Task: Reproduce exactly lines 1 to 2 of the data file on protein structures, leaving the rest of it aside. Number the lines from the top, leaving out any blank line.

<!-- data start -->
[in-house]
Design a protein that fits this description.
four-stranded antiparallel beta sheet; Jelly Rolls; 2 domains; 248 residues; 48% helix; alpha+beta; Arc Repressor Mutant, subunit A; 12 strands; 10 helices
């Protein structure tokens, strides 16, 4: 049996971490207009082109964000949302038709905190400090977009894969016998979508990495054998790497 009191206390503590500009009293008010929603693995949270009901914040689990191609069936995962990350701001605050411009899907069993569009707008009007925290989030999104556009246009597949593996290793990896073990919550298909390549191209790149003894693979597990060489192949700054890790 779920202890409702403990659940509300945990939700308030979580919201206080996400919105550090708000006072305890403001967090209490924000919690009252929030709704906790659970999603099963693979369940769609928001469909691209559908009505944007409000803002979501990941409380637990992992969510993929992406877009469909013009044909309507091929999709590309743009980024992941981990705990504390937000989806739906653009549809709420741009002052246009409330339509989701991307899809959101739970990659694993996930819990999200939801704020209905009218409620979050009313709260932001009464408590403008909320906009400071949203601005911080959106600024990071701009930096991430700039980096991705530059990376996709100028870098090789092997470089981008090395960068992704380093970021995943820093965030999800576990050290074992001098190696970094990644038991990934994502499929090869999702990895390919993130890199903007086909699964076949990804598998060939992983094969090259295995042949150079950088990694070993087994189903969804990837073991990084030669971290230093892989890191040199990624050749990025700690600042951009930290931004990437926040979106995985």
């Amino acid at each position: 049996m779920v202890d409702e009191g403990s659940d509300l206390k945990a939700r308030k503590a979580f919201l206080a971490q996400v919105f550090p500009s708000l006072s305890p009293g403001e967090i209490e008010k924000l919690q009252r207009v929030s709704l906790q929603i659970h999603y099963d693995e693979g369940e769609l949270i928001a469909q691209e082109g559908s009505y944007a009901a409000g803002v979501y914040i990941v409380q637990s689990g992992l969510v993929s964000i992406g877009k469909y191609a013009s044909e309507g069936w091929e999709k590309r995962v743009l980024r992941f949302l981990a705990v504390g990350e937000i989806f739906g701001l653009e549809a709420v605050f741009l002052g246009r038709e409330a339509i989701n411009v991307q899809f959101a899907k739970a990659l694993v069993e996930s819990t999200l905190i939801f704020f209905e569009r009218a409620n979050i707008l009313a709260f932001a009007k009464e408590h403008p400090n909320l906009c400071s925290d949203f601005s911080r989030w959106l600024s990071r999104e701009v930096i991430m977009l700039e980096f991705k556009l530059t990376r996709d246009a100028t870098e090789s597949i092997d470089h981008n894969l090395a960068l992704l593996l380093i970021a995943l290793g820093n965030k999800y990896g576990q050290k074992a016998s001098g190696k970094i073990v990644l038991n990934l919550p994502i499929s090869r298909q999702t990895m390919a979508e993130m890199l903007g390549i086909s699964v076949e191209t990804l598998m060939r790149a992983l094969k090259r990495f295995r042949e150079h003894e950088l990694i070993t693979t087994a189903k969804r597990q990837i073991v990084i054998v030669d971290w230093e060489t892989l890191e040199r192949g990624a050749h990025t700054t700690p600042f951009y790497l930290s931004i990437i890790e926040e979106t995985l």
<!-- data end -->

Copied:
[in-house]
Design a protein that fits this description.